Although many studies have not established any link between cell phone use and an increased risk of cancer, Dr. Ronald B. Herberman, director of the University of Pittsburgh Cancer Institute, issued a faculty- and staff-wide warning about excessive cell phone use. Herberman's warning comes from early unpublished data, and he especially urges parents to limit their children's use of the phones, suggesting limiting calls to emergencies because a child's brain is still developing.
In 2008, researchers at the University of Utah looked at nine studies and concluded that they found no increase in brain tumors among cell phone users. Researchers said that they'd have to wait to study the impact of long-term cell phone use. The Journal of the National Cancer Institute published the most extensive study on the subject in 2006, which looked at over 400,000 Danish cell phone users. The study included some people who had used cell phones for more than 10 years, and found no increased risk of cancer among the participants.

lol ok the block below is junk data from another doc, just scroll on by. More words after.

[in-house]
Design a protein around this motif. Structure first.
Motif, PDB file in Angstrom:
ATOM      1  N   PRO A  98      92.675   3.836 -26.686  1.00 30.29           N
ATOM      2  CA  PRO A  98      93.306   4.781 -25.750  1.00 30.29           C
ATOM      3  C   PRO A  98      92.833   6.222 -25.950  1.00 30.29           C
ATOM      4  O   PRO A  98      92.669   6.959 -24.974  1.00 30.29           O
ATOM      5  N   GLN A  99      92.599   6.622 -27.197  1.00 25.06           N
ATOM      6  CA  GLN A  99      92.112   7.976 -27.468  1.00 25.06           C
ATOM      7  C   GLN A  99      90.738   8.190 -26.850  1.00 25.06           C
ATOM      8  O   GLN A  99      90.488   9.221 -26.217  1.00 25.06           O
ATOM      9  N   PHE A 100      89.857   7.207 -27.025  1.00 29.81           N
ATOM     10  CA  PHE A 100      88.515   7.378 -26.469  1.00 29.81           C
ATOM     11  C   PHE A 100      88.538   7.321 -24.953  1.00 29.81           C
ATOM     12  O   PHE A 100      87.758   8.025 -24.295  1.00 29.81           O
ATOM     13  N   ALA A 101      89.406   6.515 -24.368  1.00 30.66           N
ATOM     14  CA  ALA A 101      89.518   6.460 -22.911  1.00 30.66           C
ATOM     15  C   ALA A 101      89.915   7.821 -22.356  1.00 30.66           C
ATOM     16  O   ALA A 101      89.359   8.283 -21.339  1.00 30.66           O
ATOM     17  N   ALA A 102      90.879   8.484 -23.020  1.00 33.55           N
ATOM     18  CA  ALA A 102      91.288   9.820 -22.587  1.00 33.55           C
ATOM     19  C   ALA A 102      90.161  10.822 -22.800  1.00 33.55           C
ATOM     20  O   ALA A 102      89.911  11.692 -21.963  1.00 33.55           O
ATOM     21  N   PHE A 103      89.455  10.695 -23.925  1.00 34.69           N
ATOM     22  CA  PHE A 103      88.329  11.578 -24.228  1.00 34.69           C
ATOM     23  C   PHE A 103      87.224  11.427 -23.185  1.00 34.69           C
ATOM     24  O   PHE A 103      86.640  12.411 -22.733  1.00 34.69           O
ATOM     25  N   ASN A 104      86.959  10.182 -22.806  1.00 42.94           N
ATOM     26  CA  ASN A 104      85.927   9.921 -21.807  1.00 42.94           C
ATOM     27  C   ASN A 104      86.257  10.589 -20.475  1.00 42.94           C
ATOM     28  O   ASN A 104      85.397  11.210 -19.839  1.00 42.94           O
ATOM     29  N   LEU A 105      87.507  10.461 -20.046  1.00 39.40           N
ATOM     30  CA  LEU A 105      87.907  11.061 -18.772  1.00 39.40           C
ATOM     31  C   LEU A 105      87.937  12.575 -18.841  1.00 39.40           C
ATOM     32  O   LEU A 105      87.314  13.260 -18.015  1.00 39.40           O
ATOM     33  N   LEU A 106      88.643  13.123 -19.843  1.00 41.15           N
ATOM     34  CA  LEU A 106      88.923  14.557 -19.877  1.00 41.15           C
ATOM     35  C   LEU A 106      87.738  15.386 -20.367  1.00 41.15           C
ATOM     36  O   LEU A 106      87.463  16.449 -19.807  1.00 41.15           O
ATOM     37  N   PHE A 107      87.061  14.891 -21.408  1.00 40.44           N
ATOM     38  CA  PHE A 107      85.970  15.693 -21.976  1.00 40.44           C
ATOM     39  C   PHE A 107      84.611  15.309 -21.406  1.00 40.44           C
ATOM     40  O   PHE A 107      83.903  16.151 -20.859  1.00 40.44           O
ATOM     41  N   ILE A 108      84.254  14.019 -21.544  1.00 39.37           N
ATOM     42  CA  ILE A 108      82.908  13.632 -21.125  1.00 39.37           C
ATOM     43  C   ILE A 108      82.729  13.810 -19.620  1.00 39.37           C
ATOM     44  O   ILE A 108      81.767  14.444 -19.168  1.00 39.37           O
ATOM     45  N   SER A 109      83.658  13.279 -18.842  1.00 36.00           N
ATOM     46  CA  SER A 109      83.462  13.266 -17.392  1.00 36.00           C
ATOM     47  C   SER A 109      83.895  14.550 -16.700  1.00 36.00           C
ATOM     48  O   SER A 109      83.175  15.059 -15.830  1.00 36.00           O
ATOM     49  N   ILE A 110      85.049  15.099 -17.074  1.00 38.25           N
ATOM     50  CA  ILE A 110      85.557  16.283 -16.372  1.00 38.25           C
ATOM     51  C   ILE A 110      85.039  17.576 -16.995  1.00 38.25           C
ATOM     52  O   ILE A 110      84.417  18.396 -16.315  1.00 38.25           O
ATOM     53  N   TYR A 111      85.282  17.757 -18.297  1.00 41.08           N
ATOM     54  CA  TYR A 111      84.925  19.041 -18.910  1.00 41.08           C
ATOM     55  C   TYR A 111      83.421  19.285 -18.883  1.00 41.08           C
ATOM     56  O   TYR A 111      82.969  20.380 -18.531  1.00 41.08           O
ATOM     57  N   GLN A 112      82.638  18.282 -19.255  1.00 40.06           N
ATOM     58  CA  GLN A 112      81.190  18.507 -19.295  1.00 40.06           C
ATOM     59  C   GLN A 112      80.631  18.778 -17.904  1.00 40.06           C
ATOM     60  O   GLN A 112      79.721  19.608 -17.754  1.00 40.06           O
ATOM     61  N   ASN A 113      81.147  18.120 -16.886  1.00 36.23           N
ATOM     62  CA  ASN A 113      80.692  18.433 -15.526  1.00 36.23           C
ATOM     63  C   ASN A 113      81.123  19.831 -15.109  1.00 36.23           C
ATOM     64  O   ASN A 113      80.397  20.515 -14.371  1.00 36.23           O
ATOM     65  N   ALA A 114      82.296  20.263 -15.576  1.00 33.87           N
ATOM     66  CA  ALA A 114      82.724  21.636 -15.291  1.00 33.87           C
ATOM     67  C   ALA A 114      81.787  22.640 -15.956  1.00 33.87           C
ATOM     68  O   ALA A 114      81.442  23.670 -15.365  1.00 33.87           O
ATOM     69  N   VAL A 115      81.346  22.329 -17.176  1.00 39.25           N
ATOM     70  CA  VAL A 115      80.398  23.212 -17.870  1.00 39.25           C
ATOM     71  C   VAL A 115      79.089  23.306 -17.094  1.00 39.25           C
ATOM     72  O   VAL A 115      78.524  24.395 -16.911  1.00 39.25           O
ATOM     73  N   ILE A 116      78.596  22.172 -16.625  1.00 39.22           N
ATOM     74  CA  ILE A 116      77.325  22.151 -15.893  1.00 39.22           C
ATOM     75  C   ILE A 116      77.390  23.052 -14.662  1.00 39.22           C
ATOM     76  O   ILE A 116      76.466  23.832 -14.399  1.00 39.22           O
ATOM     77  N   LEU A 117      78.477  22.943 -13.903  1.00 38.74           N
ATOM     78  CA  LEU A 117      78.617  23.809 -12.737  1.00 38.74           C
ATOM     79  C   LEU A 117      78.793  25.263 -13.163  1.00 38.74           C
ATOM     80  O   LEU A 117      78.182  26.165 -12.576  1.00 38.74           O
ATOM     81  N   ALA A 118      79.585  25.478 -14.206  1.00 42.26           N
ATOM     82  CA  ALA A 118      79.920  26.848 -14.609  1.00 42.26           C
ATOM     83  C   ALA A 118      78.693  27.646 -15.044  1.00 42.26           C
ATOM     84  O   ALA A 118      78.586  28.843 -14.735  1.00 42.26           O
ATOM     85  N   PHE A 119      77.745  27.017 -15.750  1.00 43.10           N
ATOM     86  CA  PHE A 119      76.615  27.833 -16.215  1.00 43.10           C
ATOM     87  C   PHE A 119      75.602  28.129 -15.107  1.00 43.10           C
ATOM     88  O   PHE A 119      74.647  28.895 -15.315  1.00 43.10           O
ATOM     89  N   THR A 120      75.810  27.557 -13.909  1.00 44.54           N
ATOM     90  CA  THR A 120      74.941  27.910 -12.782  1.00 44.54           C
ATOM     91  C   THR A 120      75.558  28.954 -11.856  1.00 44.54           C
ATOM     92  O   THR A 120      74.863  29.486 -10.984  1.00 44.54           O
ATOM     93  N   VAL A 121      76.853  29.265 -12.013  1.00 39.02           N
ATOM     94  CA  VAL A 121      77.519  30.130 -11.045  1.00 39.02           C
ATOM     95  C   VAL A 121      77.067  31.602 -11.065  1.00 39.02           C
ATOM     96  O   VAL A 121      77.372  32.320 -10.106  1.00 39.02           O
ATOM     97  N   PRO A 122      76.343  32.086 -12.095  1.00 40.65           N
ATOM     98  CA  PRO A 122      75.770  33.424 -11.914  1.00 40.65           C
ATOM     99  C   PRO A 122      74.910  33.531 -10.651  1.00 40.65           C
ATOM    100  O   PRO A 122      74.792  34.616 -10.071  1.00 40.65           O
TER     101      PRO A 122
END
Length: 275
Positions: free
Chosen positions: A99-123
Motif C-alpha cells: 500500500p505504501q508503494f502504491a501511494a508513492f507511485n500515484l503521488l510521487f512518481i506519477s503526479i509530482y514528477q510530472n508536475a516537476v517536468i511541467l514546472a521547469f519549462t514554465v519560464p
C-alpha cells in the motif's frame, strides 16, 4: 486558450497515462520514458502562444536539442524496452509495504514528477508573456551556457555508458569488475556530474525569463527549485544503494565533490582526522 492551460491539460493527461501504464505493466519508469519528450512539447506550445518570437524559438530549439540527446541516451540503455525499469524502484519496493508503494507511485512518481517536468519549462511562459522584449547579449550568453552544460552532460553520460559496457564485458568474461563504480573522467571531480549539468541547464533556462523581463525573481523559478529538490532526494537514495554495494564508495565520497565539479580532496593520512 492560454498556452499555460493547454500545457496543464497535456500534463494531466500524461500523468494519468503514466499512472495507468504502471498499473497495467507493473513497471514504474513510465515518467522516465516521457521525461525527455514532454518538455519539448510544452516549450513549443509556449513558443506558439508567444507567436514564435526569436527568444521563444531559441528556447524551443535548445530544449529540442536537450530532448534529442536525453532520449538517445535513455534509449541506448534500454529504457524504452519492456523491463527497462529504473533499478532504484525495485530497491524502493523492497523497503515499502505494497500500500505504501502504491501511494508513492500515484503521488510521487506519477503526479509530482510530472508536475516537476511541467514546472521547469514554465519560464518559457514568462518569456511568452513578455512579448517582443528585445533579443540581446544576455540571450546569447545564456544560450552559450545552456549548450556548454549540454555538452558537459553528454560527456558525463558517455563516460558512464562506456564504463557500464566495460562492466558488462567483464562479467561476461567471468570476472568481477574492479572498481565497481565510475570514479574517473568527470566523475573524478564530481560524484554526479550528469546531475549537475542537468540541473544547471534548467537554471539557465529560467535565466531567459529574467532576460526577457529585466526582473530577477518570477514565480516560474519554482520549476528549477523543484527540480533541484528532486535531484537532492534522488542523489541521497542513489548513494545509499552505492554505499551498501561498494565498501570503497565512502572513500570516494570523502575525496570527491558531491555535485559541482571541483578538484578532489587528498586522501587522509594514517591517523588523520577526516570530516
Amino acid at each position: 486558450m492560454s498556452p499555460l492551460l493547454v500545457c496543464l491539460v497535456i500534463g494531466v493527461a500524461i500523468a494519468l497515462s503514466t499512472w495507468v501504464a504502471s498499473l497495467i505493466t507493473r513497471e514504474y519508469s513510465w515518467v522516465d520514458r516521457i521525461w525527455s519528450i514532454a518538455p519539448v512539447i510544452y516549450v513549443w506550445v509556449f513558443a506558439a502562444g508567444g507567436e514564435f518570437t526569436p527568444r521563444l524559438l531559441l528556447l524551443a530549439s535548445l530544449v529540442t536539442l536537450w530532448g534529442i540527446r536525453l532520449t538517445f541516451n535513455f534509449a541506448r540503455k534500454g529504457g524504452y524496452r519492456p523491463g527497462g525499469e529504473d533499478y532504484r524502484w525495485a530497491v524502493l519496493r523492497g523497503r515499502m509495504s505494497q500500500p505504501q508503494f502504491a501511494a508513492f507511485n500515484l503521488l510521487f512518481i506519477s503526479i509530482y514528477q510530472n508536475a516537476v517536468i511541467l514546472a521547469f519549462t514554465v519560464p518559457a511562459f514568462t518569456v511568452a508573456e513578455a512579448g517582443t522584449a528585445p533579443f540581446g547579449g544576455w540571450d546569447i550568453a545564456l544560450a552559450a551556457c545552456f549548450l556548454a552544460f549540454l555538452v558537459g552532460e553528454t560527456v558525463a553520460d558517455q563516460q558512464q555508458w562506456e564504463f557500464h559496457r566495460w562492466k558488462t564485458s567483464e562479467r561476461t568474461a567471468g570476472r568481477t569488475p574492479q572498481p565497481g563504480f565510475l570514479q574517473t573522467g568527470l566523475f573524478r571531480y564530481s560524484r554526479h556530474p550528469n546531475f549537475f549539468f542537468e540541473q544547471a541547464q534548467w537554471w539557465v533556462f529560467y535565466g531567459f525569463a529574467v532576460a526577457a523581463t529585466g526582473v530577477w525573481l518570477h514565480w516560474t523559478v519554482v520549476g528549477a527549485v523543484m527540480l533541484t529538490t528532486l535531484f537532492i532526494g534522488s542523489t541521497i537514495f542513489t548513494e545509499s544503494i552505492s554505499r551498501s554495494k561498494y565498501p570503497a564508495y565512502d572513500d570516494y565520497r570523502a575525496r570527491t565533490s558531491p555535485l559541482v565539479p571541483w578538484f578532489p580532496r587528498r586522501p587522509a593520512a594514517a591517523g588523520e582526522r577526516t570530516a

Herberman wrote in a memo, "Although the evidence is still controversial, I am convinced that there are sufficient data to warrant issuing an advisory to share some precautionary advice on cell phone use." He recommends using the speakerphone option or a wireless headset instead of holding a cell phone close to the head.
To learn more about the warning:
- read this Boston Globe article